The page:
Article body copy
The painted goby, a tiny fish that lives in parts of the Mediterranean Sea, is among nature’s premier percussionists. Like a gorilla beating its chest, male painted gobies use a drumming rhythm—a rumbly bum bum bum—to communicate. Yet where a gorilla uses drumming as a display of dominance, a goby drums to find a mate. If a male goby hits the beat just right, he might entice a female to share his nest.
Unfortunately for the painted goby, climate change might disrupt this percussive persuasion.
In laboratory experiments, researchers recently found that increases in water temperature cause male gobies to speed up the tempo of their drumming. This results in a courtship overture that is shorter, and potentially less attractive, than normal, says Carla Amorim, a biologist who led the new study. She says that if females choose suitable mates based on the length of their drumming display, male gobies with shorter performances may not be as alluring.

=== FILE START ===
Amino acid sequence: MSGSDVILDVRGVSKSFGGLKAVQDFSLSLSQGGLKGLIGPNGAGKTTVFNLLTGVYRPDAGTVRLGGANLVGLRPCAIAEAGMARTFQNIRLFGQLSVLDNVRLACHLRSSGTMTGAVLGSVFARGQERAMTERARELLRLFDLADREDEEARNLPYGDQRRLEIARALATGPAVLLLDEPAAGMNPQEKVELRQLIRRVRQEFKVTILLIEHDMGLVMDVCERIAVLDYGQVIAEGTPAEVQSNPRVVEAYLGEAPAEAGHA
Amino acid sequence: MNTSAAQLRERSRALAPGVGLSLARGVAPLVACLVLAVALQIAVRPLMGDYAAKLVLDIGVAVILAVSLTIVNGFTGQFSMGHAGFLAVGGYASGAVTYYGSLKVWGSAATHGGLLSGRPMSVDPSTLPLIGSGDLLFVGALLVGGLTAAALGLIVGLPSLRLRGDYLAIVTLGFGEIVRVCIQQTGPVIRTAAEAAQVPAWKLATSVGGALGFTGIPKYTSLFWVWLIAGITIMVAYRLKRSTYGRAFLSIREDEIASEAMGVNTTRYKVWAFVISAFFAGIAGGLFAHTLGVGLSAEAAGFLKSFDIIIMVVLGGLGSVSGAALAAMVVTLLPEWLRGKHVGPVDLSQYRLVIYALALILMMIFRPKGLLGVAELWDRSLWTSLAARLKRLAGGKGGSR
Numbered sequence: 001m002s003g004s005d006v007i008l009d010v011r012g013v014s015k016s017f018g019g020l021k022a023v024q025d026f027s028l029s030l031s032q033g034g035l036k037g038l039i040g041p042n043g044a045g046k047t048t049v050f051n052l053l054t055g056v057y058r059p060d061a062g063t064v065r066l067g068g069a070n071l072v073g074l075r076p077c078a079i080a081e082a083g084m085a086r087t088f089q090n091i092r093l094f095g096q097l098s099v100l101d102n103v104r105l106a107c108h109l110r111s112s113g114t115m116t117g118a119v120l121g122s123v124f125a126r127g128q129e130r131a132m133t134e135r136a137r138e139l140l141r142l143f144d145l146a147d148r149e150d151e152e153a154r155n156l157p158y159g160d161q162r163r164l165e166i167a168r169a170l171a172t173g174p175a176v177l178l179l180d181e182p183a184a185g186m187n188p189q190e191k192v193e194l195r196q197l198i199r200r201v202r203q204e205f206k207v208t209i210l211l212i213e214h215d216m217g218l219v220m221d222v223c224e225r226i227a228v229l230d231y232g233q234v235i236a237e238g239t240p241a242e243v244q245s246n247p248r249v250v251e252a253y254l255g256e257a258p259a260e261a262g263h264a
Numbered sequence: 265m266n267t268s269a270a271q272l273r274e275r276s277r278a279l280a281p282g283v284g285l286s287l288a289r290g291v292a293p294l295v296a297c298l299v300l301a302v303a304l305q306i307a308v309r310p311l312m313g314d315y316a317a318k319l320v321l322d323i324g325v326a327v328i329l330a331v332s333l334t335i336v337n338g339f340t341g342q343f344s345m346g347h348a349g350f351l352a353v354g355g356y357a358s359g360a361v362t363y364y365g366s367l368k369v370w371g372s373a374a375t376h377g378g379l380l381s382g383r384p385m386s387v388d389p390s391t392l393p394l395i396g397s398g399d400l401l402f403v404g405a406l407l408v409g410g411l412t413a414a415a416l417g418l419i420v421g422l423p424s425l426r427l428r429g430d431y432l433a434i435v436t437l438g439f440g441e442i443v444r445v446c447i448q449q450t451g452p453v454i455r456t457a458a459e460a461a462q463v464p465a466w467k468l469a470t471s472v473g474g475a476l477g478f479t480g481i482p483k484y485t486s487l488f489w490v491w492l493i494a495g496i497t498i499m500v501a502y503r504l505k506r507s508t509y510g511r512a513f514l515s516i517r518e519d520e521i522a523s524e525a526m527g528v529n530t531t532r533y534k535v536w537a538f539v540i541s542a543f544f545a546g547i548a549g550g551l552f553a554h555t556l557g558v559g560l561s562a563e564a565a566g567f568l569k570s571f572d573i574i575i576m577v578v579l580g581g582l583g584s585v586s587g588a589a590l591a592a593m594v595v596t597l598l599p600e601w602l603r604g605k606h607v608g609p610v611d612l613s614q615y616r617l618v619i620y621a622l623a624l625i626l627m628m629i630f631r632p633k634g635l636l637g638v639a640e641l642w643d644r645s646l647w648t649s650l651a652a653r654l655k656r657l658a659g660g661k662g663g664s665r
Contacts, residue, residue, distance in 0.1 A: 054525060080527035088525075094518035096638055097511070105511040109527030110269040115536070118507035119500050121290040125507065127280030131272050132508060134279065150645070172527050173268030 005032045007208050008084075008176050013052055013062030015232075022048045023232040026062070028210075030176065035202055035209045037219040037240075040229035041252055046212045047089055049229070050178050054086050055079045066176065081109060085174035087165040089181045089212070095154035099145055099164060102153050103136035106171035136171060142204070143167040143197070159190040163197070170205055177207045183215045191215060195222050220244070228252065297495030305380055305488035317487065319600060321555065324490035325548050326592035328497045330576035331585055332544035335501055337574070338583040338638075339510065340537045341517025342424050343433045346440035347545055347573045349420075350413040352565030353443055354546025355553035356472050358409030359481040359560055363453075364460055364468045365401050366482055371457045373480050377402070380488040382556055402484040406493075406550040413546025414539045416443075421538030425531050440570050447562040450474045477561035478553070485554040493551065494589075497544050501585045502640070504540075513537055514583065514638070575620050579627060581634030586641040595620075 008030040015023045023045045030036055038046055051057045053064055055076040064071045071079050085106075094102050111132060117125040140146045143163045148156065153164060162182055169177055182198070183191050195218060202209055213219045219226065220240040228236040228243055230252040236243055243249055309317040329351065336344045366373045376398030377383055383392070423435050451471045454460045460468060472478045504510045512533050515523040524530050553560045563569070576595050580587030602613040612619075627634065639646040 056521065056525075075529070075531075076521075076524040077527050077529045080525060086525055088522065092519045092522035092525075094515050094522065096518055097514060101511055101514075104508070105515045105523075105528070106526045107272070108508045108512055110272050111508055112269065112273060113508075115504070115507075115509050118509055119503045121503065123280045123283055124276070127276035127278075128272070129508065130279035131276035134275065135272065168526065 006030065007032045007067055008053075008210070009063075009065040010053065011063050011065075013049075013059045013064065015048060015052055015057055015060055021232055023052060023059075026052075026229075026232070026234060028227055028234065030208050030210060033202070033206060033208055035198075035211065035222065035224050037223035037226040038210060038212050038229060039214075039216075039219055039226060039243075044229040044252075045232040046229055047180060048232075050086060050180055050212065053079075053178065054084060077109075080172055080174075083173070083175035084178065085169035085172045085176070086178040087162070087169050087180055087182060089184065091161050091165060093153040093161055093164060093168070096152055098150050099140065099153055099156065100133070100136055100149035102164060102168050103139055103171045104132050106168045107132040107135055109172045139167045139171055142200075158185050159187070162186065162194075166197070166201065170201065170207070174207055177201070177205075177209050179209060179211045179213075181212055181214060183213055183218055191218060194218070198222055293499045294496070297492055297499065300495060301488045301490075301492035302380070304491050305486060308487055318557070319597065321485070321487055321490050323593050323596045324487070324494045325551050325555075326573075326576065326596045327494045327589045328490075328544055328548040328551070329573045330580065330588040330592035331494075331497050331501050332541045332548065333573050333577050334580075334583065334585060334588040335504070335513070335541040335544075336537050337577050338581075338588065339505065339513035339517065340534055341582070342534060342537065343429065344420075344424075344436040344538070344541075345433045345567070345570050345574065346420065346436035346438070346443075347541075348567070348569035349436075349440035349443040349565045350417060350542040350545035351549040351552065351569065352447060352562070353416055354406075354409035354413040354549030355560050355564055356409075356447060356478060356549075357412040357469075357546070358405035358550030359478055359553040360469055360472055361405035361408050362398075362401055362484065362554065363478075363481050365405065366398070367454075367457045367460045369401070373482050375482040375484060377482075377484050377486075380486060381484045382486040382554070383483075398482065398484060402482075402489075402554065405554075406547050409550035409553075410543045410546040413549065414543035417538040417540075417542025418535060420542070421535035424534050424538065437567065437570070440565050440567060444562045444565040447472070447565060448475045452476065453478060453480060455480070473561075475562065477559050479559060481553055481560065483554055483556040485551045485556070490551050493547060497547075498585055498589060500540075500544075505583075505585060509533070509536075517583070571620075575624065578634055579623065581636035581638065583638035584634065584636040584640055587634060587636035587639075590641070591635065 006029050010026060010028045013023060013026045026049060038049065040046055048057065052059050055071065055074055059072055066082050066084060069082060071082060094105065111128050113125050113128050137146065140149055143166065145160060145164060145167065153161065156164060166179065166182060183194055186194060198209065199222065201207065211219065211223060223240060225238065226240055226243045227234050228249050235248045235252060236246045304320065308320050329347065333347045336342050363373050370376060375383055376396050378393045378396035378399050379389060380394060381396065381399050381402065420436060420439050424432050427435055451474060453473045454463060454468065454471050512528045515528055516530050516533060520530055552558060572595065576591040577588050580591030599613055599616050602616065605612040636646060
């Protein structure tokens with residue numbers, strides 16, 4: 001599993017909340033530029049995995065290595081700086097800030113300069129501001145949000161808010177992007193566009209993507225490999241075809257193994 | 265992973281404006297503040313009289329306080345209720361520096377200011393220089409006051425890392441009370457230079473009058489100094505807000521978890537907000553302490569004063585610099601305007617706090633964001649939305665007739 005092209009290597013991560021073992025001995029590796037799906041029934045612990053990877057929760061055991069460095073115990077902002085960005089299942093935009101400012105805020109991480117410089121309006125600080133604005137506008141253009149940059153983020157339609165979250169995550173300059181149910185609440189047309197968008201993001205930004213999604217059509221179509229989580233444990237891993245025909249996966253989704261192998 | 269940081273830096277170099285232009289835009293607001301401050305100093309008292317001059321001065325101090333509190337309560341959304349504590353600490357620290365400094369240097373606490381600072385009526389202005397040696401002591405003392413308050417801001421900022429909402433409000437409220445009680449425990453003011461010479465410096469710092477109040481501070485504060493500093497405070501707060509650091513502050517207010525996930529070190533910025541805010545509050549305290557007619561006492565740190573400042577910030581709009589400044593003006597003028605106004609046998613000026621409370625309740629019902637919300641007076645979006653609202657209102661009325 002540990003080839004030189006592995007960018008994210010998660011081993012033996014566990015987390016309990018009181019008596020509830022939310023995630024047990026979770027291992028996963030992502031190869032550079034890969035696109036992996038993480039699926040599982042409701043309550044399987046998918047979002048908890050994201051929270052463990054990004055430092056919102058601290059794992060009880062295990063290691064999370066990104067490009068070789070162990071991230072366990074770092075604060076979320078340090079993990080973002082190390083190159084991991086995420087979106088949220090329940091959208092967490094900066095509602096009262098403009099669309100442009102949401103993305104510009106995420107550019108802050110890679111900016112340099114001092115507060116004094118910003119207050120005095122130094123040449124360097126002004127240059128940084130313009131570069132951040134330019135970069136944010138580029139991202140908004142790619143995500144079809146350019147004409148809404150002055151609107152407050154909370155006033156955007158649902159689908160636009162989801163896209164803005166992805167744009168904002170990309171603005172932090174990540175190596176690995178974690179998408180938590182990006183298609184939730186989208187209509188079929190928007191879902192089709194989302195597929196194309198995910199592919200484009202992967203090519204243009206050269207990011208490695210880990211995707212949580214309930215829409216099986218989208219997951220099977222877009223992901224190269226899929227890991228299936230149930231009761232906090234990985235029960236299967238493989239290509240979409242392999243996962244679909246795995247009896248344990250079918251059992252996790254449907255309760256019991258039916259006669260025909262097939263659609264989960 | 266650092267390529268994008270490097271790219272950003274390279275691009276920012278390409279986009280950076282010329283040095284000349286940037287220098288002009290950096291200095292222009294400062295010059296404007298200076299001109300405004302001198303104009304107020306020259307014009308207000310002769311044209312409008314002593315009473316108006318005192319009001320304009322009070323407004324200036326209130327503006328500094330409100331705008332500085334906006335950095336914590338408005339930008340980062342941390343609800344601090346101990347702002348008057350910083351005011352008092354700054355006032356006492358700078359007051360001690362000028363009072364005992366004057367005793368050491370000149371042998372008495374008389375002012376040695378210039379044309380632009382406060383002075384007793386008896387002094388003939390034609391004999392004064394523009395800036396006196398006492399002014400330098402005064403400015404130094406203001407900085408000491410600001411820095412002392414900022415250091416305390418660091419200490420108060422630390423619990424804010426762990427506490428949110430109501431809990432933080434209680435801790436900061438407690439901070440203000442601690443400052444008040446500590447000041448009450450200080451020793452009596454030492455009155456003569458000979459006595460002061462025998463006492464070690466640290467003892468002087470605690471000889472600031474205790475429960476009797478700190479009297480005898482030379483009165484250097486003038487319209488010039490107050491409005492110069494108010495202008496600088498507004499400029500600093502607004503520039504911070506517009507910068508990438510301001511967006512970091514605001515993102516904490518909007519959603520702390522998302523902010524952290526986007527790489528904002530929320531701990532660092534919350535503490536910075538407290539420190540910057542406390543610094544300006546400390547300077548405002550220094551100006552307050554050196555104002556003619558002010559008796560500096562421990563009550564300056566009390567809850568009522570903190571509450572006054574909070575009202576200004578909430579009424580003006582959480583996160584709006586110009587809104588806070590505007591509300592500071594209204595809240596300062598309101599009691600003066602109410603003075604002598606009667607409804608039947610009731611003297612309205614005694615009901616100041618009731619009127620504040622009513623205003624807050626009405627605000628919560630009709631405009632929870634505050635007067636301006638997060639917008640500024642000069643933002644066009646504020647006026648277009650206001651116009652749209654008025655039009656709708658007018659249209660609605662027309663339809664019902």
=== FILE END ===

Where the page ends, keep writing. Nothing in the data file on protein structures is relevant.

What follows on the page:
The change could also lead to some unexpected encounters.
There are a number of species of goby that drum, and each one beats with a slightly different rhythm. Subtle differences in tempo and note duration, otherwise known as the pulse period, can mean the difference between finding a mate or attracting a confused female from a different species.
Amorim says that male painted gobies may start to accidentally charm females of closely related species if climate change tweaks the beat of their drum. Pulse period is a key feature that allows gobies to recognize their species, she says, so shorter rhythms may confuse the mating process.
Climate change isn’t only disrupting the mating strategies of painted gobies. Previous research shows that warmer temperatures could also affect species like Arno gobies and Padanian gobies. And though it’s tough to draw strong conclusions from the current data, some other species of fish and even some insects, frogs, and toads could be similarly affected.